It’s the summer of 1922 and a young man from Minnesota, (Nick Carraway), moves to New York to take a job in finance. Renting a house on Long Island, which at the time was a wealthy but unfashionable area, he moves in next door to a man named Jay Gatsby.
The neighbourhood is full of many people who have made their riches too soon to have established social connections and Gatsby in particular is prone to garish displays of wealth including extravagant Saturday night parties.
You can read this article in full with Michael McCooe.

Wednesday, 21 September 2016

Michael McCooe – Shakespeare: Hamlet

The Tragedy of Hamlet, Shakespeare (1892) is a cornerstone of classical literature.


The book begins by following the ghost of King Hamlet who is paying a visit to his old Castle in Elsinore, Denmark. He is first discovered by a pair of watchmen, then by the scholar Horatio.

Hamlet’s brother Claudius has inherited the throne, while also marrying the King’s widow, Queen Gertrude. Prince Hamlet, the son of the Queen and deceased King, is taken to see the ghost by the watchmen, and it speaks to him. The ghost says it is indeed his father’s spirit, and that he was murdered by none other than Claudius. It tells his son to seek revenge, before disappearing with the dawn.

Read this article in full with Michael McCooe.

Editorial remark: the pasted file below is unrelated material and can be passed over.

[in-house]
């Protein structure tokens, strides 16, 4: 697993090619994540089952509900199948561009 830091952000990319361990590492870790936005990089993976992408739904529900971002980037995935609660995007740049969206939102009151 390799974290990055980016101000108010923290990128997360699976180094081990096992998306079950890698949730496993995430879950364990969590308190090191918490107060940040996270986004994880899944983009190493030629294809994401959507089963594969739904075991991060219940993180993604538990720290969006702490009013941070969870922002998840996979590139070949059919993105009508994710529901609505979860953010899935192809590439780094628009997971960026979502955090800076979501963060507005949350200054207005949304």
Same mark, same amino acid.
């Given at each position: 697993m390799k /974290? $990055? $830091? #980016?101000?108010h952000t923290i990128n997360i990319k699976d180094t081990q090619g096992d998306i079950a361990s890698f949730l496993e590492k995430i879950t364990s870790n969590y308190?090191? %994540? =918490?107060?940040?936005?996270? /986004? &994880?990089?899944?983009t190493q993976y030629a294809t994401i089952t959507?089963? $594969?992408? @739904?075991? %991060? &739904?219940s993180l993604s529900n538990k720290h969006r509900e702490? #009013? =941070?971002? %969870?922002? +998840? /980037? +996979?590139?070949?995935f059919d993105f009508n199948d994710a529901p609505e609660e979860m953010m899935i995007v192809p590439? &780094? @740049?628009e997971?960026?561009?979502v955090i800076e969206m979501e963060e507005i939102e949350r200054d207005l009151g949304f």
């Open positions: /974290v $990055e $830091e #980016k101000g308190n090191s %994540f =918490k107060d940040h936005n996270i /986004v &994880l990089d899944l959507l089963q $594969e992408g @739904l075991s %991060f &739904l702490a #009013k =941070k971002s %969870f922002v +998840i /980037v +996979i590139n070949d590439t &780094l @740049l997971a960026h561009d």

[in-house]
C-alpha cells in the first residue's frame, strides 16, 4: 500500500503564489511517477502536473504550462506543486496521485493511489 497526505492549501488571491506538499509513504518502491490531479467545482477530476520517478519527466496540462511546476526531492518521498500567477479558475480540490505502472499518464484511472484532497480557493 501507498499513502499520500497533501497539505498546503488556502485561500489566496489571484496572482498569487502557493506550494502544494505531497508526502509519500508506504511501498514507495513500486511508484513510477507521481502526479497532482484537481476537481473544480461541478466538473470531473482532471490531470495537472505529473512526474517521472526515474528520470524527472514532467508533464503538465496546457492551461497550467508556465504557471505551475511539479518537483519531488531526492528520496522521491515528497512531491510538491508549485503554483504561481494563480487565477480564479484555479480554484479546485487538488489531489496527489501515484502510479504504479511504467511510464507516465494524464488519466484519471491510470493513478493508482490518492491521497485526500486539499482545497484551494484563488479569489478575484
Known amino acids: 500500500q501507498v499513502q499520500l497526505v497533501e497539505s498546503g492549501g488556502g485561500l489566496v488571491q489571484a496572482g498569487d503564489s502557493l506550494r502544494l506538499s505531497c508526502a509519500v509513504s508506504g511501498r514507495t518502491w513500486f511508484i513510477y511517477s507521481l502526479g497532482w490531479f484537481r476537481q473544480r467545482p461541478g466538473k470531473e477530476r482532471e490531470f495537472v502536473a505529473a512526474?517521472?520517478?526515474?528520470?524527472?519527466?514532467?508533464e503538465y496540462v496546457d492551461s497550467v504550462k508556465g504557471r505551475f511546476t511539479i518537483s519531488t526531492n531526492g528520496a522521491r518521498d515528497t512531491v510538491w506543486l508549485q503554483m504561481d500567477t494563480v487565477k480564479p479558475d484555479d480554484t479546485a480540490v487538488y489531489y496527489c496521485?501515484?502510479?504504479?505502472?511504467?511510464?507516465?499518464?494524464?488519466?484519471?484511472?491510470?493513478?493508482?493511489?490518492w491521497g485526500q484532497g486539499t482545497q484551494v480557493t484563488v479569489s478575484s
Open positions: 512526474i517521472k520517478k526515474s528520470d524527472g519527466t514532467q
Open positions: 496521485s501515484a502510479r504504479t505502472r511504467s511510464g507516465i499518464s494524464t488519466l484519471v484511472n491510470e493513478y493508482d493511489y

Thursday, 15 September 2016

Michael McCooe – 16th Century: Don Quixote

Don Quixote is a novel written by Miguel de Cervantes about a middle-aged gentleman, whom the book is named after, from the region of La Mancha in central Spain.
Don Quixote develops some chivalrous ideas from the books he has read, taking up his lance and sword to defend the helpless and fight evil.

The First Part

By riding the roads of Spain on an old horse by the name of Rocinante, Don Quixote searches for glory and grand adventure. He eventually gives up food, shelter and comfort for a peasant woman named Dulcinea del Toboso, whom he envisions as a princess.
This adventure is deemed therefore as a failure, and his second expedition is much more fruitful as he has an accomplice in Sancho Panza, who he manages to convince to come along by promising to make Sancho the wealthy governor of an isle.